Jeju Island, a beautiful island created by a series of volcanic activities, has many long caverns to be explored in the coastal area. With the diverse ecosystems and natural energy resources, Jeju Island is a great choice for natural resources and conservation trip. 4 students of BSc in Environmental Management and Technology Program (EVMT) and 22 students from MSc in Environmental Science and Management Program, led by Prof. Arthur LAU, visited Jeju Island in South Korea from 5 – 10 January 2020 to discover the local natural resources, conservation, learn about the research initiatives in energy and ocean, also explore the beautiful island.
Jeju Island is officially a UNESCO Biosphere Conservation Area, a Marine Ecosystem Conservation Area as of 2002 and an Absolute Retention Coastal Area as decided by the Jeju government in 2007. Students visited Jeju Folklore and Natural History Museum, Jeju Folk Village and several natural spots including Mountain Songaksan, Seongsan, Jusangjeolli Cliffs, Yongduam Rock, Manjanggul Cave, etc. It gave students a better understanding of Jeju’s unique natural resources, biodiversity and ancient culture.
Other than witnessing the amazement of Jeju’s nature, students also visited Jeju Global Research Center of Korea Institute of Energy Research (KIER), Jeju Research Institute of Korea Institute of Ocean Science and Technology (KIOST), Jeju National University and National Institute of Meteorological Sciences.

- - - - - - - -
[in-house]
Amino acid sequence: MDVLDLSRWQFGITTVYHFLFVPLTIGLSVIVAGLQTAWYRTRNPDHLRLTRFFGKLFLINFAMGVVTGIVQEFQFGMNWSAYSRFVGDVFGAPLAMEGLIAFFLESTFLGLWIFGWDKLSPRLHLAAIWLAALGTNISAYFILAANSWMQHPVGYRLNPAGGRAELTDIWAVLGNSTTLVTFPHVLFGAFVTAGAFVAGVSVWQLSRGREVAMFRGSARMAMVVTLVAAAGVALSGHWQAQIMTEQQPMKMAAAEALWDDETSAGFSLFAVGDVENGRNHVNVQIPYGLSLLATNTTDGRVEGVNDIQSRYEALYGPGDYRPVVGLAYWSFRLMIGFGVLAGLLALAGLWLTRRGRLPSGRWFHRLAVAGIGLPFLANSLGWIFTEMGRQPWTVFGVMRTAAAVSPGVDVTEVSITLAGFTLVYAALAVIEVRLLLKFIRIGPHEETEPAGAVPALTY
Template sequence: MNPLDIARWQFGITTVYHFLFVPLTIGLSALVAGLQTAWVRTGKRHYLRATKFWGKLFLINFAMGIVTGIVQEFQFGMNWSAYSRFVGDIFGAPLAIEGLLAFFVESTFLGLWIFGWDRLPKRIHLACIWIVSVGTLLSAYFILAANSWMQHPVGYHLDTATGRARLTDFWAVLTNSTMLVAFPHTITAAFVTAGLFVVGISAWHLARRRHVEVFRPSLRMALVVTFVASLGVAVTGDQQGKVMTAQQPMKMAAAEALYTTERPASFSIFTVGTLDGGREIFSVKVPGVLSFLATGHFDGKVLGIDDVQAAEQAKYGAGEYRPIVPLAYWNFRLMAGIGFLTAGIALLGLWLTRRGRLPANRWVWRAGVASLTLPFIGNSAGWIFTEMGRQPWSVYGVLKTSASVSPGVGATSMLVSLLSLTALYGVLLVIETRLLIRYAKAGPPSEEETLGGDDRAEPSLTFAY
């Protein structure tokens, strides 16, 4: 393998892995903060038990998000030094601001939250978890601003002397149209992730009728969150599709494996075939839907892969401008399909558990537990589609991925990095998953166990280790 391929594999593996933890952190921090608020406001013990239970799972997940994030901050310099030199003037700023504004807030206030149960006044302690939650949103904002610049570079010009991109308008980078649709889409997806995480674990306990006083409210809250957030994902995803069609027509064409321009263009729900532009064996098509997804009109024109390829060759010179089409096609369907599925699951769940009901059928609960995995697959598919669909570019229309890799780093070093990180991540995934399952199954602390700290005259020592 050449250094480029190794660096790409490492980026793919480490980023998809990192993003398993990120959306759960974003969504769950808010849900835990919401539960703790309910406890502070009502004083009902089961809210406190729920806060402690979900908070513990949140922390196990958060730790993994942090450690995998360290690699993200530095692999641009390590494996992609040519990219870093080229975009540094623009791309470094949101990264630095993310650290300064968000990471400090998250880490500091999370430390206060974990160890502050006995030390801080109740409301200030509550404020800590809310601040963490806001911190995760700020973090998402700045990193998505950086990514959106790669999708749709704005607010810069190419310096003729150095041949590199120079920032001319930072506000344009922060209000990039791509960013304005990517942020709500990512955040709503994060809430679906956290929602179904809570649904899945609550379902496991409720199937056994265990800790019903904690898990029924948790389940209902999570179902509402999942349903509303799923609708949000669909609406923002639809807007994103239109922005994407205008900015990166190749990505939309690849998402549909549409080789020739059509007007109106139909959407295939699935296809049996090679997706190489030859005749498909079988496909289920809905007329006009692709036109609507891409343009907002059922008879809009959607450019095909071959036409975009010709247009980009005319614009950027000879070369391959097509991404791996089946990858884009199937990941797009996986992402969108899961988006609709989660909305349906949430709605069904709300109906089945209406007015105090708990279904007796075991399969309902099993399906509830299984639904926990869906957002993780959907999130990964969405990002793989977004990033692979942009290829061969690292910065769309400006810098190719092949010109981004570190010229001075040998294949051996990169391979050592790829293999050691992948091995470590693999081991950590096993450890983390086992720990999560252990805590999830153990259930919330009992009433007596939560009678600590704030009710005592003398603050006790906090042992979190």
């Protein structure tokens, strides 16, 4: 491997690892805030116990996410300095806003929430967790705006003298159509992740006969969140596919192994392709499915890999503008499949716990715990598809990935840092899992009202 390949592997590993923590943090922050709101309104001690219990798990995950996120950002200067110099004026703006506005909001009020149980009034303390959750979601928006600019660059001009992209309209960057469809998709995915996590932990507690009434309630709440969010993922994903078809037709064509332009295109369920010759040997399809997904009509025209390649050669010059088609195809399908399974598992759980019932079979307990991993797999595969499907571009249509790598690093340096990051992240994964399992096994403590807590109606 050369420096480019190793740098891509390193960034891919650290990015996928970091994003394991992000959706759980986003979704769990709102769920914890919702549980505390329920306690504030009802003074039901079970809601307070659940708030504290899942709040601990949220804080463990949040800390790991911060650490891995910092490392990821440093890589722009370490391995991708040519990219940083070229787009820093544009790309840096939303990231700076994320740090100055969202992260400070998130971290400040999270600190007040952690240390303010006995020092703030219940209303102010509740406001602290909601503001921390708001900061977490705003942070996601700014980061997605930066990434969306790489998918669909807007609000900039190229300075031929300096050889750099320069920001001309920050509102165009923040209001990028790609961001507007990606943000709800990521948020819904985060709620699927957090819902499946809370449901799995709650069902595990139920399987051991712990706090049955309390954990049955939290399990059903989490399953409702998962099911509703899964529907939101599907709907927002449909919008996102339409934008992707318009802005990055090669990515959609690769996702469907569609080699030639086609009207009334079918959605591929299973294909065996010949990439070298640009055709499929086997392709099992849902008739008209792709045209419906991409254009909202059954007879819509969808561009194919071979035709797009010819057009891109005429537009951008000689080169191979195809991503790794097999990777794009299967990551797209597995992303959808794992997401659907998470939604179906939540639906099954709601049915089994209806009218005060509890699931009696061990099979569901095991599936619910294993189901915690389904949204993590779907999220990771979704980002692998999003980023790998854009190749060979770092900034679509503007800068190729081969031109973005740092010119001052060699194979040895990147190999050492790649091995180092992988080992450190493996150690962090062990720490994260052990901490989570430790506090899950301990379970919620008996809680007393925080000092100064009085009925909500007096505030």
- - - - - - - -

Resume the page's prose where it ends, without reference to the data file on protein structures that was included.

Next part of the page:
Jeju Global Research Center of Korea Institute of Energy Research (KIER) aims at improving national wealth and contributing to the improvement of quality of life for the people through conducting energy research and supporting national energy policy in terms of technology development. Students attended the presentations held by the researchers and learnt more about their research on energy efficiency and materials, new and renewable energy, climate change and energy convergence and integration.
Jeju Research Institute of Korea Institute of Ocean Science and Technology (KIOST) is a state-run institution that tasked with discovering new scientific knowledge about the ocean for the benefit of the people. Students exchanged with the researchers of KIOST to learn about how they tried to establish future-oriented port city infrastructure and coastal landscapes by acquiring new knowledge from ocean ecology and resources, onshore and offshore wind farms.
The trip to Jeju Island allowed students to observe and investigate how a coastal city can utilize its geological advantages to improve social living standard by technological development and management. The actual exemplary case study reiterates the importance of interdisciplinary study, so as to address relevant science, technology and policy issues in environmental management and education.